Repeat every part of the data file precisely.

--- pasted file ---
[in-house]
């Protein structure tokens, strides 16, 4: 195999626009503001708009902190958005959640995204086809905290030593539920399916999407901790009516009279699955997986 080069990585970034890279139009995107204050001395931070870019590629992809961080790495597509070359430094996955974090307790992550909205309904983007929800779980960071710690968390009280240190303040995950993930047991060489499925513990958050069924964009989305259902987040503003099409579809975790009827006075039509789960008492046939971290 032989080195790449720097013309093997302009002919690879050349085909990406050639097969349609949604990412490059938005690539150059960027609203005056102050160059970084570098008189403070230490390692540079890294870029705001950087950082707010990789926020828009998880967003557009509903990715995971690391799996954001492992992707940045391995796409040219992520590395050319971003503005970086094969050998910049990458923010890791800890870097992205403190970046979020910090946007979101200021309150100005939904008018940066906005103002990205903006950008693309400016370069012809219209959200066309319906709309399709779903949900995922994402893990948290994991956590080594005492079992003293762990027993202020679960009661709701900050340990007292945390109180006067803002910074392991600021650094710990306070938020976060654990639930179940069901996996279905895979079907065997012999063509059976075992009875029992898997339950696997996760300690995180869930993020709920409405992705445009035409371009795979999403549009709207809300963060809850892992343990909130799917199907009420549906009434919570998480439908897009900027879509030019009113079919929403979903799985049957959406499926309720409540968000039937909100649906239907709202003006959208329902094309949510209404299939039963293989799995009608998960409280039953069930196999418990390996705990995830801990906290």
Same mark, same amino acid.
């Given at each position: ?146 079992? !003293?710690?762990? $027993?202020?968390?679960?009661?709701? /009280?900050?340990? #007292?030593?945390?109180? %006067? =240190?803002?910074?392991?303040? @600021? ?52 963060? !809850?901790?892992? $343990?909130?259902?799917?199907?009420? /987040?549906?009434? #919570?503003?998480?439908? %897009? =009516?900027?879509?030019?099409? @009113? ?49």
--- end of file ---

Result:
[in-house]
């Protein structure tokens, strides 16, 4: 195999626009503001708009902190958005959640995204086809905290030593539920399916999407901790009516009279699955997986 080069990585970034890279139009995107204050001395931070870019590629992809961080790495597509070359430094996955974090307790992550909205309904983007929800779980960071710690968390009280240190303040995950993930047991060489499925513990958050069924964009989305259902987040503003099409579809975790009827006075039509789960008492046939971290 032989080195790449720097013309093997302009002919690879050349085909990406050639097969349609949604990412490059938005690539150059960027609203005056102050160059970084570098008189403070230490390692540079890294870029705001950087950082707010990789926020828009998880967003557009509903990715995971690391799996954001492992992707940045391995796409040219992520590395050319971003503005970086094969050998910049990458923010890791800890870097992205403190970046979020910090946007979101200021309150100005939904008018940066906005103002990205903006950008693309400016370069012809219209959200066309319906709309399709779903949900995922994402893990948290994991956590080594005492079992003293762990027993202020679960009661709701900050340990007292945390109180006067803002910074392991600021650094710990306070938020976060654990639930179940069901996996279905895979079907065997012999063509059976075992009875029992898997339950696997996760300690995180869930993020709920409405992705445009035409371009795979999403549009709207809300963060809850892992343990909130799917199907009420549906009434919570998480439908897009900027879509030019009113079919929403979903799985049957959406499926309720409540968000039937909100649906239907709202003006959208329902094309949510209404299939039963293989799995009608998960409280039953069930196999418990390996705990995830801990906290």
Same mark, same amino acid.
């Given at each position: ?146 079992? !003293?710690?762990? $027993?202020?968390?679960?009661?709701? /009280?900050?340990? #007292?030593?945390?109180? %006067? =240190?803002?910074?392991?303040? @600021? ?52 963060? !809850?901790?892992? $343990?909130?259902?799917?199907?009420? /987040?549906?009434? #919570?503003?998480?439908? %897009? =009516?900027?879509?030019?099409? @009113? ?49």